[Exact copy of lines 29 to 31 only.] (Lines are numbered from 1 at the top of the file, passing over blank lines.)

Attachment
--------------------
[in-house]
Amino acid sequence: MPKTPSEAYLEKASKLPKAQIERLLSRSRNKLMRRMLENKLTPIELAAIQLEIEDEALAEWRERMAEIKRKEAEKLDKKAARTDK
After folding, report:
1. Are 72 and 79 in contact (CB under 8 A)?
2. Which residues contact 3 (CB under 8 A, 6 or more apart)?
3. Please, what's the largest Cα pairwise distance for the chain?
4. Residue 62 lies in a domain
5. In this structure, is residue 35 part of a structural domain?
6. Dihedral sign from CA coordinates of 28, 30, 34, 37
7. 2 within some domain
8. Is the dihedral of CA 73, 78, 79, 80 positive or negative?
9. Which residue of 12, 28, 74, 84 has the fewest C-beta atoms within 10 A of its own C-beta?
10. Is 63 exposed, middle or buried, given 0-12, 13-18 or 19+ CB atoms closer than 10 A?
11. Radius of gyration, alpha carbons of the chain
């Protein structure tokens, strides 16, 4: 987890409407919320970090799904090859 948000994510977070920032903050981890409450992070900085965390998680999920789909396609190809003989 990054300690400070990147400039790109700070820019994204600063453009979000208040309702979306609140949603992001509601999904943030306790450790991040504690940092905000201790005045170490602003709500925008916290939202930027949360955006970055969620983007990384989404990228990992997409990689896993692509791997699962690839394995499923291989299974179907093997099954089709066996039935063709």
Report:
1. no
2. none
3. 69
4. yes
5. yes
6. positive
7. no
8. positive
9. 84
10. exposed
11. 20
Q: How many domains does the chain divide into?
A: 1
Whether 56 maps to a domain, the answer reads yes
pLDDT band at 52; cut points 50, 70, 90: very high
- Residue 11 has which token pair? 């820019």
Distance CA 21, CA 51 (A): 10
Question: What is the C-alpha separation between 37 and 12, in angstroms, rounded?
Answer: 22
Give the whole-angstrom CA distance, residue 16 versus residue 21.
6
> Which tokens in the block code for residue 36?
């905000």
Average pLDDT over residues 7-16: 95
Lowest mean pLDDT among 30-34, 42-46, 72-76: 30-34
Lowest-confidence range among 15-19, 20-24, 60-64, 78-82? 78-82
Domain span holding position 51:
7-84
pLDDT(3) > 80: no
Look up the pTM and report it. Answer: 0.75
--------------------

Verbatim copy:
A: 1
Whether 56 maps to a domain, the answer reads yes
pLDDT band at 52; cut points 50, 70, 90: very high